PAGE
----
Sales of previously owned homes increased in January and an index of leading indicators climbed for a second month as the rebound in housing helped to broaden the U.S. expansion.
Purchases of existing houses rose 0.4 percent to a 4.92 million annual rate, figures from the National Association of Realtors showed today in Washington. A gauge of the economic outlook for the next three to six months advanced 0.2 percent after a 0.5 percent December gain, according to the New York-based Conference Board.
Improving home sales combined with dwindling inventory spurred the biggest advance in property values since 2005, helping mend household finances. The gain in housing, the industry that was at the center of the financial crisis, may help consumers overcome an increase in the payroll tax and rising gasoline prices that pose a risk to spending.
“The economy has legs,” said John Silvia, chief economist at Wells Fargo Securities LLC in Charlotte, North Carolina, a unit of the largest U.S. mortgage lender. “A lot of people are much more confident. Housing has picked up, and I think it’s sustainable.”
Stocks fell, following the biggest drop since November for the Standard & Poor’s 500 Index, after minutes of the Federal Reserve’s last meeting that were issued yesterday signaled policy makers may consider slowing the pace of asset purchases. The S&P 500 fell 0.6 percent to 1,502.42 at the close in New York.
Other figures todays showed jobless claims climbed last week, consumer prices were unchanged in January and manufacturing in the Philadelphia region unexpectedly contracted in February for a second month.
News today out of Europe indicated the region is still struggling. Services and manufacturing in the euro area contracted at a faster pace in February, a report showed.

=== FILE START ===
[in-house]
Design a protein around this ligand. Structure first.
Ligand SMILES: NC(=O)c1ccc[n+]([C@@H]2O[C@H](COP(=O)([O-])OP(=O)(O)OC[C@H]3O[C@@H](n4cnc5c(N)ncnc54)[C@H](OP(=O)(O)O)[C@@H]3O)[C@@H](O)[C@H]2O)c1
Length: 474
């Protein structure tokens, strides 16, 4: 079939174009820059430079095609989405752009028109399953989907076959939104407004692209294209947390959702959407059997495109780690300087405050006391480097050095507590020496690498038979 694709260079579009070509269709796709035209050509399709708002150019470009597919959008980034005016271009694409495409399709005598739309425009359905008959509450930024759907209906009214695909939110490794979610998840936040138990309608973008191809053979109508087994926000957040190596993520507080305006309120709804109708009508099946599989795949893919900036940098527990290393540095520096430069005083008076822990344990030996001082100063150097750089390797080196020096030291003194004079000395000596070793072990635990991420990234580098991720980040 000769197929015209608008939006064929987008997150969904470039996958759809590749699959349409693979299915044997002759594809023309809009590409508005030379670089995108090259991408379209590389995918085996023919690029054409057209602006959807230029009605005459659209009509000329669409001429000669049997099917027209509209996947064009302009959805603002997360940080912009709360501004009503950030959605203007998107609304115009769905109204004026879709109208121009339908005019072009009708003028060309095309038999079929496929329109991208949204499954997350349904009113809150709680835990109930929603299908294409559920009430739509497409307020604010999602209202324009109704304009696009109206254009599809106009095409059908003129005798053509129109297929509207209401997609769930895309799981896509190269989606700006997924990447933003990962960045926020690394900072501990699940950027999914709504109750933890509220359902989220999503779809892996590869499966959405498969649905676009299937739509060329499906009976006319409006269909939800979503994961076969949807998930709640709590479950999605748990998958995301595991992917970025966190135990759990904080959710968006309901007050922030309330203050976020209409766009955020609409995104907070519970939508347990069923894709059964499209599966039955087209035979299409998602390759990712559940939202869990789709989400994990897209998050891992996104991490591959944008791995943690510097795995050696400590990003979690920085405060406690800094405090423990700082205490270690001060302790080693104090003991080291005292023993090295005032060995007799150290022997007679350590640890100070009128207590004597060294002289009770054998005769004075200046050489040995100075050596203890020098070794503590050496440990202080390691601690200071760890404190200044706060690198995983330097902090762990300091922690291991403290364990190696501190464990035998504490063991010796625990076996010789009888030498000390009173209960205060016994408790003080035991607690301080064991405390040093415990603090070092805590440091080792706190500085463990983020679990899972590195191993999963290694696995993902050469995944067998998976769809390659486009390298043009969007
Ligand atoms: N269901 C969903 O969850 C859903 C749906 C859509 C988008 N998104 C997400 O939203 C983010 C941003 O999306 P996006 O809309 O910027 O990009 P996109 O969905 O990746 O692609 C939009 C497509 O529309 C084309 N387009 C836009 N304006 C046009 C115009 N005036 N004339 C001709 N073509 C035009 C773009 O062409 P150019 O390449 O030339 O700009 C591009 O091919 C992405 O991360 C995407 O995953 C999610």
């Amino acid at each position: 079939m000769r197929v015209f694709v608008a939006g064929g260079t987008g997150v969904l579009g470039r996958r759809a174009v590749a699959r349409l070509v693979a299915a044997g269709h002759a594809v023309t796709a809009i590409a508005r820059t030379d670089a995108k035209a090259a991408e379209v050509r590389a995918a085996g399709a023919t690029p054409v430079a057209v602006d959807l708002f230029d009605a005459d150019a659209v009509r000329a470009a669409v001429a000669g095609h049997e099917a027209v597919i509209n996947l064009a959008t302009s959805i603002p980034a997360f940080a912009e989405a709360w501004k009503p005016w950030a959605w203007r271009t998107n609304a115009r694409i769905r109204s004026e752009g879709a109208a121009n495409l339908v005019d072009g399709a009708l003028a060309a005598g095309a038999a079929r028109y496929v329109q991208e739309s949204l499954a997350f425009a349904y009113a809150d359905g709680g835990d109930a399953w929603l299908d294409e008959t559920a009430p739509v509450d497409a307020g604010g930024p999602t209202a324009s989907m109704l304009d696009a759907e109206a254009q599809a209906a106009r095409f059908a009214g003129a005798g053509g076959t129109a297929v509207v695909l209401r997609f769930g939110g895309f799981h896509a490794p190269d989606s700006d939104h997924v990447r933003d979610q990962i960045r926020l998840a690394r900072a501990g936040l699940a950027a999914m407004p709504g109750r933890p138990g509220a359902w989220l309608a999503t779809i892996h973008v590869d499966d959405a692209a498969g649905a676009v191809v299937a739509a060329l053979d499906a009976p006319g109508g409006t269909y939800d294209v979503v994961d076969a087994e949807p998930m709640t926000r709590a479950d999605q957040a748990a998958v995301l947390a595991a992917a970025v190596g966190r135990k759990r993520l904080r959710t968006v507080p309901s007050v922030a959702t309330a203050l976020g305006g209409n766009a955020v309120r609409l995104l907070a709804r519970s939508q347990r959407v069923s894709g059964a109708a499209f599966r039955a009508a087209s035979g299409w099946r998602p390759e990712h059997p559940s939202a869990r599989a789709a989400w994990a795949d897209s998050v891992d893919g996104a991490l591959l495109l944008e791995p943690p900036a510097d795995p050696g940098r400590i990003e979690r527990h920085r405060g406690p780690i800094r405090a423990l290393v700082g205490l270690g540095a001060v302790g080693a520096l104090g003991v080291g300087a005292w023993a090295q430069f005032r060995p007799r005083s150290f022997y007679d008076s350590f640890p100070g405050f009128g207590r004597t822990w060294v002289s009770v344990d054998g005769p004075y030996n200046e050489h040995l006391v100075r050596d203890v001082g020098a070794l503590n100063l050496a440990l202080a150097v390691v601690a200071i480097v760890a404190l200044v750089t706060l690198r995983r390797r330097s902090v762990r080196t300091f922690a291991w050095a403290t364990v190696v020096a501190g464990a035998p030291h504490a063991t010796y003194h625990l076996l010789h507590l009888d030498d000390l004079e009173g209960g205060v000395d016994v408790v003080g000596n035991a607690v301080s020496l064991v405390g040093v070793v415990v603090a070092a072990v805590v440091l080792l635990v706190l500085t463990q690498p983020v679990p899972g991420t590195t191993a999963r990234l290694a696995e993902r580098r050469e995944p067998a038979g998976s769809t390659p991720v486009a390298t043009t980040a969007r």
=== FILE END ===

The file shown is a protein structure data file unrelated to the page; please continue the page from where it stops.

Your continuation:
In the U.S., rising gasoline prices are compounding the damage done by the two percentage-point increase in the payroll tax, causing Americans to remain pessimistic about the economic outlook in February.
The gap between positive and negative expectations was minus 7 this month, unchanged from January’s three-month low, according to the Bloomberg Comfort Index. By contrast, the measure reflecting present conditions for the week ended Feb. 17 rose to minus 33.4, the highest reading this year, from minus 35.9 in the previous seven-day period.
The median forecast of 79 economists surveyed by Bloomberg projected the January pace of existing home sales at 4.9 million. Estimates ranged from 4.7 million to 5.1 million. The prior month’s pace was revised to 4.9 million from a previously reported 4.94 million.
The number of previously owned homes on the market fell 4.9 percent to 1.74 million, the fewest since December 1999, today’s report from the Realtors’ group showed. At the current sales pace, it would take 4.2 months to sell those houses, the fewest since April 2005.
“Inventory has increasingly become the story of the housing market,” Lawrence Yun, NAR chief economist, said in a news conference as the figures were released. “We do expect some relief in inventories as the spring season comes around.” He also said that “only the homebuilders can truly relieve the inventory” shortage.